The contrasting pattern of river extent changes can be exemplified in the 25 mega river basins (see location in Fig. S4). The Yellow, Brahmaputra, and Irrawaddy are the top three basins with the highest percentages of increased flow area in Eurasia (65.6%, 47.5%, and 33.9%, respectively), while Magdalena (50.1%), Niger (32.0%), and Yukon (16.6%) rank the highest percentage in South America, Africa, and North America, respectively (Fig. 4a, Table S1). The top four basins (Indus, Ganges, Brahmaputra, and Irrawaddy) all in Eurasia show as high as 21~29% of extents with narrowed water flow (Fig. 4b). In terms of net increase, which refers to the difference between the increased and decreased proportions, the majority of the mega basins (20 out of the 25) are positive, with increases greater than decreases. The top three basins with the highest percentage of increase (Yellow, Magdalena, and Brahmaputra) are also the top three basins with the highest net increase, while the Tigris–Euphrates in Middle East, the Indus in northern Indian subcontinent, and the Parana in northern South America show the highest net decrease (−5~−10%), signifying the strongest signal of river narrowing. In contrast to highly dynamic changes in river basins in South and East Asia, stability is the dominant signal in the middle regions of these continents/subcontinents, such as middle North Asia (Yenisey, Lena), middle North America (Mississippi), and Middle Africa (Congo, Zambezi), all with percentages of stability over 75% (Fig. 4c).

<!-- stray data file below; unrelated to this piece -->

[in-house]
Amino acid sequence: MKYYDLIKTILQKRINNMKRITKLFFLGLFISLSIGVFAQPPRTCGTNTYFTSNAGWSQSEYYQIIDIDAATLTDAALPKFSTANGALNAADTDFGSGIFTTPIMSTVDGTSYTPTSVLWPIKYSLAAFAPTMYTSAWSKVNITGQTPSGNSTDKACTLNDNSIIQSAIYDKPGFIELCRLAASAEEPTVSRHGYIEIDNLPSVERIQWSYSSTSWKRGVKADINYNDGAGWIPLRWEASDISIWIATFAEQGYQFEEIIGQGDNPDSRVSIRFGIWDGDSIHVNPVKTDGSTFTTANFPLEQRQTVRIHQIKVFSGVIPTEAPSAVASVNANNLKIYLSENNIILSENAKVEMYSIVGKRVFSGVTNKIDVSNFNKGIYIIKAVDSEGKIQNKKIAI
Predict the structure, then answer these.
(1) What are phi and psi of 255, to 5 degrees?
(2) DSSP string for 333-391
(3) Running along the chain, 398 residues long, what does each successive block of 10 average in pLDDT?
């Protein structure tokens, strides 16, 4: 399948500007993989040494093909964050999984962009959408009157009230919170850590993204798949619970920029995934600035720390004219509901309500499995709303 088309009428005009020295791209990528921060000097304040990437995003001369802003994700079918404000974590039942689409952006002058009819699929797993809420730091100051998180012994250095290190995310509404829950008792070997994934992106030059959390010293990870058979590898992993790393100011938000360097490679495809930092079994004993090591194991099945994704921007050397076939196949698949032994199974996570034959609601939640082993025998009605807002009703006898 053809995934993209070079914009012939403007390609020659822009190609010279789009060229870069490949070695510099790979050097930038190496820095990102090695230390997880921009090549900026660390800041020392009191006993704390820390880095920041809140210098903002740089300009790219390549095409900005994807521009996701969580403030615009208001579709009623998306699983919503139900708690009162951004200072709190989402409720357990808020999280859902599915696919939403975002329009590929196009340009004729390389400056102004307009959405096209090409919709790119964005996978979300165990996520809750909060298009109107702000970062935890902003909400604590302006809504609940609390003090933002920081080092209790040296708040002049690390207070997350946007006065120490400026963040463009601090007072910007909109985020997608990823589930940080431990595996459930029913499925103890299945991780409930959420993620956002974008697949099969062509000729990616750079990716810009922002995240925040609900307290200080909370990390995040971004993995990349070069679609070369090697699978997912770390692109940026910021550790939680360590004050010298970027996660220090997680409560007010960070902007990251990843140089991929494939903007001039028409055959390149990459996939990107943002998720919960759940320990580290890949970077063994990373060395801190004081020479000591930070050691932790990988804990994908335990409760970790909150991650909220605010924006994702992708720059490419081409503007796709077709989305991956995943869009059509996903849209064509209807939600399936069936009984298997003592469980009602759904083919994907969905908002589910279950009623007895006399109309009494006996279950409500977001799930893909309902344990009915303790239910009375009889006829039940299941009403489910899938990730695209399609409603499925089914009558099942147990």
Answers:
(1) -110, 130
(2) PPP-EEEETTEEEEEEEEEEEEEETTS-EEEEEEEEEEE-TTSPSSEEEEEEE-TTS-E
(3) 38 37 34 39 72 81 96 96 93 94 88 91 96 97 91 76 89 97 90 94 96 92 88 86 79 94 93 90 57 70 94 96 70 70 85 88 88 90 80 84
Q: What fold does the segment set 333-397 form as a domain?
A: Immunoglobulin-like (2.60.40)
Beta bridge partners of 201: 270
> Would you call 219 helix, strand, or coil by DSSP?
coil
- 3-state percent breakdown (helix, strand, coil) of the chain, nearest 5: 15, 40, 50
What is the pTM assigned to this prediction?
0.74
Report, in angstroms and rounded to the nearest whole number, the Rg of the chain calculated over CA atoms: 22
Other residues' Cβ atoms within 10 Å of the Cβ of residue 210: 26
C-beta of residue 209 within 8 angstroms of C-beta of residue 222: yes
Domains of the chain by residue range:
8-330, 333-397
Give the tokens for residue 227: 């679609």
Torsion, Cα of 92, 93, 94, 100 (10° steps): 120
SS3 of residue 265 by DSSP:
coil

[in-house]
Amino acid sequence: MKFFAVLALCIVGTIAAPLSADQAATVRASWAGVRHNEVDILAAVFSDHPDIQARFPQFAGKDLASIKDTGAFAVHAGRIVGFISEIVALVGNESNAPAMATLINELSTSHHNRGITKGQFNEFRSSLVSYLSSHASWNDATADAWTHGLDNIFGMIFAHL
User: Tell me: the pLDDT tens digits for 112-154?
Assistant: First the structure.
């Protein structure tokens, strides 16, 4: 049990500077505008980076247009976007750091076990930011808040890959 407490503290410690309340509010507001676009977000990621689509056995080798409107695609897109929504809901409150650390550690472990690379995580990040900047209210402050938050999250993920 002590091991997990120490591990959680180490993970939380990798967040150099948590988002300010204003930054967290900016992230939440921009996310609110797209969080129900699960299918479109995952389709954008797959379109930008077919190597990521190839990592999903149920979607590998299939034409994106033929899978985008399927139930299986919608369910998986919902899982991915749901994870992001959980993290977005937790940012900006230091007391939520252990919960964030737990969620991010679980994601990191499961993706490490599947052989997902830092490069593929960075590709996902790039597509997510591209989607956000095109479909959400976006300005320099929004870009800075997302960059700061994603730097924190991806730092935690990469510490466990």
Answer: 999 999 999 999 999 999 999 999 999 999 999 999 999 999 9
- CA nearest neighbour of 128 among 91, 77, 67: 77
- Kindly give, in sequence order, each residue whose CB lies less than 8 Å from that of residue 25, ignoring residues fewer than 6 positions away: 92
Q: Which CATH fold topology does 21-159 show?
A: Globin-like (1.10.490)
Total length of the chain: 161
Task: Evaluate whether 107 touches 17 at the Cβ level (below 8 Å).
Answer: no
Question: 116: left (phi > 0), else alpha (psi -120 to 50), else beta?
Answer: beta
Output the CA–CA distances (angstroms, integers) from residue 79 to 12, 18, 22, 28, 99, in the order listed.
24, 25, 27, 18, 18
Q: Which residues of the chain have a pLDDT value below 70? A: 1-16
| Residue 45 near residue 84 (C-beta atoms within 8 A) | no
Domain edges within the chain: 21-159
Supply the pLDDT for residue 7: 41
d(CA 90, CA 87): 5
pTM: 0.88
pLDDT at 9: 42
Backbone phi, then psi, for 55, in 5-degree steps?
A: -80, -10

Fig. 4: Water extent changes in 25 mega river basins.
figure 4

a the percentage of increase (PI). b the percentage of decrease (PD). c the percentage of general stable river areas (PGS).